The deaths newly tallied by the Texas Department of State Health Services boost the confirmed toll from 151 to 210 deaths, most from exposure to the sometimes-subzero temperatures. Still, some were blamed on carbon monoxide poisoning as freezing Texans sought warmth from cars and outdoor grills.
The count remained preliminary and may change as more deaths are confirmed, the department said.
The county with the highest death toll was Harris, where Houston is situated, with 43 deaths. Travis County, where Austin holds most of its population, had 28 deaths. Dallas County reported 20 deaths.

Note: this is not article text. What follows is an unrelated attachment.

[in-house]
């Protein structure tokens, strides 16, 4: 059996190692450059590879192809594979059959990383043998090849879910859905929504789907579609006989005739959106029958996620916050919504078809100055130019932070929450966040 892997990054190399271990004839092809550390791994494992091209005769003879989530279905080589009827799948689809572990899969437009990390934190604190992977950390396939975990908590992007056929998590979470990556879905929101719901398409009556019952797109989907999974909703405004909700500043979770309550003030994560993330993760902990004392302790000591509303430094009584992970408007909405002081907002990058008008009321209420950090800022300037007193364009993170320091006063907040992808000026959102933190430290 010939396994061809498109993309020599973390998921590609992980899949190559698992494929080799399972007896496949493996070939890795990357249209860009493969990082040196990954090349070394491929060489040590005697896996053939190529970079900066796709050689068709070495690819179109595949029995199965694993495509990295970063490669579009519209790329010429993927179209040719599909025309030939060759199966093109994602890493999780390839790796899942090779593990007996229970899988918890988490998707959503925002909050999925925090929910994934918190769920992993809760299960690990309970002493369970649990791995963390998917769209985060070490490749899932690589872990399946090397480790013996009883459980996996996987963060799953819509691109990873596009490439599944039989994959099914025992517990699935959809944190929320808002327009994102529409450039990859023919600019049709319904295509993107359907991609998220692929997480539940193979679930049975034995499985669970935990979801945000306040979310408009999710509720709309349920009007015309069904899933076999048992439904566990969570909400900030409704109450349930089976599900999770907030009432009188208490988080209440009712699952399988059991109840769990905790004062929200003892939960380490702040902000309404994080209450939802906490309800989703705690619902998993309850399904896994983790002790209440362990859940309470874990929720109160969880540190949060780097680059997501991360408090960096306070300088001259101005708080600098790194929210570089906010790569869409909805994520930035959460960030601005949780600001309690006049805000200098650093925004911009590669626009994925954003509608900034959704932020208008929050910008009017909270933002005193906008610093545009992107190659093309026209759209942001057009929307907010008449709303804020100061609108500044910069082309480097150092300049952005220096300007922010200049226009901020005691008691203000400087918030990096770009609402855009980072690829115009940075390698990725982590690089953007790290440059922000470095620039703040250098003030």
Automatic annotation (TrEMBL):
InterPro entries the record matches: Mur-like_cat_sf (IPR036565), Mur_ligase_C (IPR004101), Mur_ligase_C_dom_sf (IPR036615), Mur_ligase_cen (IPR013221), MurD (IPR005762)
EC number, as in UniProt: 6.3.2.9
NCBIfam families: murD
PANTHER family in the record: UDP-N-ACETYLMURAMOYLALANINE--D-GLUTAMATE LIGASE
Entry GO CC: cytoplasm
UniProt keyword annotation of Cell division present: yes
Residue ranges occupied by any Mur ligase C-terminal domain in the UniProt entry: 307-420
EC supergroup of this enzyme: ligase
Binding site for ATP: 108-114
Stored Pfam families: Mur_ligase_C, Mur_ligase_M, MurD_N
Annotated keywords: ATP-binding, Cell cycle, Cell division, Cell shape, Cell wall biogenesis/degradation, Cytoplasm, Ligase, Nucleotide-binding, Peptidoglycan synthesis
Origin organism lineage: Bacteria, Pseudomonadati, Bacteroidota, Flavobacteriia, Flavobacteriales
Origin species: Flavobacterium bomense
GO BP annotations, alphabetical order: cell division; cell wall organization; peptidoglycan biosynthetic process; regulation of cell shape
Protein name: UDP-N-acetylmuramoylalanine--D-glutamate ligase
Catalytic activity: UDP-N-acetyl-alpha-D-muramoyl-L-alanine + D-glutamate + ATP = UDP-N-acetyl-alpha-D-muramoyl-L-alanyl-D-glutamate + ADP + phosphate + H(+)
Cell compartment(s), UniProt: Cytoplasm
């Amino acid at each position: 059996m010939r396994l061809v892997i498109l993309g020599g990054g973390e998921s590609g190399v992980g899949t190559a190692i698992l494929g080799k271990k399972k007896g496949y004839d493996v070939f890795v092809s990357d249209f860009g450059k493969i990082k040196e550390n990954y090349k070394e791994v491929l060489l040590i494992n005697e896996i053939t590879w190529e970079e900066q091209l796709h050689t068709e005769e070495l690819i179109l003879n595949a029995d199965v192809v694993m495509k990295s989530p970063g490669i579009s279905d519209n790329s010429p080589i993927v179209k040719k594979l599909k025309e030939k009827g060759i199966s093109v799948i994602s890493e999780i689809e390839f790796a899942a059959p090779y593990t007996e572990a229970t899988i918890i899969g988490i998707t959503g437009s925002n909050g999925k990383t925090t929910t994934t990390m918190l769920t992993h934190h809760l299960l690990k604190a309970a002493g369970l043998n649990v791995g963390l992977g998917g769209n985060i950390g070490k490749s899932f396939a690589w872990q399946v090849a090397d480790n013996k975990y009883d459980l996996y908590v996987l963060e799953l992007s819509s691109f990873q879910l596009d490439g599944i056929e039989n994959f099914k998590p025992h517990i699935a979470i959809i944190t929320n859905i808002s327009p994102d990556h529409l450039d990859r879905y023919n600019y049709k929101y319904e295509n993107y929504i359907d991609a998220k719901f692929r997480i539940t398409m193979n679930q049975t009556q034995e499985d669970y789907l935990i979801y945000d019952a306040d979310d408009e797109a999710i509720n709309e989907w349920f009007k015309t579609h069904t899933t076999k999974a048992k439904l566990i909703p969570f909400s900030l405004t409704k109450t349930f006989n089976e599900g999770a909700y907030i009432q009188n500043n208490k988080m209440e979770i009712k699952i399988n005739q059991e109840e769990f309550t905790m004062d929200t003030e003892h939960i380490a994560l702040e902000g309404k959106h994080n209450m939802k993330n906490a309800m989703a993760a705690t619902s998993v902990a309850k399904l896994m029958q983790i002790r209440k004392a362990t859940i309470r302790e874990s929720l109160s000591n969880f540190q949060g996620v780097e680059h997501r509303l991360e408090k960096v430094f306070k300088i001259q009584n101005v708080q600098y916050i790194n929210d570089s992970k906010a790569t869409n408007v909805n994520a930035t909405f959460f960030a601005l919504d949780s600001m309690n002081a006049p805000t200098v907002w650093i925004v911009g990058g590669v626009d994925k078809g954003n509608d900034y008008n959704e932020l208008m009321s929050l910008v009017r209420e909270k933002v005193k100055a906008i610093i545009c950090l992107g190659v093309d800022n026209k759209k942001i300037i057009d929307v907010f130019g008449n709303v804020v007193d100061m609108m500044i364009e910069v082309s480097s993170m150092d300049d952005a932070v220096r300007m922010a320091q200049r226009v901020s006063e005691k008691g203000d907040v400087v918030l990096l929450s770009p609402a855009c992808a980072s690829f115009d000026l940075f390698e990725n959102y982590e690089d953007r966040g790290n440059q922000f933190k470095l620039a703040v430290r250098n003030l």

The toll is a far cry from the initial March 15 report of 57 deaths. The toll was raised to 111 on March 25, 125 on April 6 and 151 on April 28.
The collapse of the power grid managed by the Electric Reliability Council of Texas has made electric reliability in Texas an ongoing political question. In early June, Gov. Gregg Abbott declared that state lawmakers had fixed the problem during its regular session that had just adjourned.
Since then, two conservation alerts issued by ERCOT during temperate spring weather prompted renewed questions, and Abbott ordered new measures by the Public Utility Commission that he appointed and that oversees ERCOT.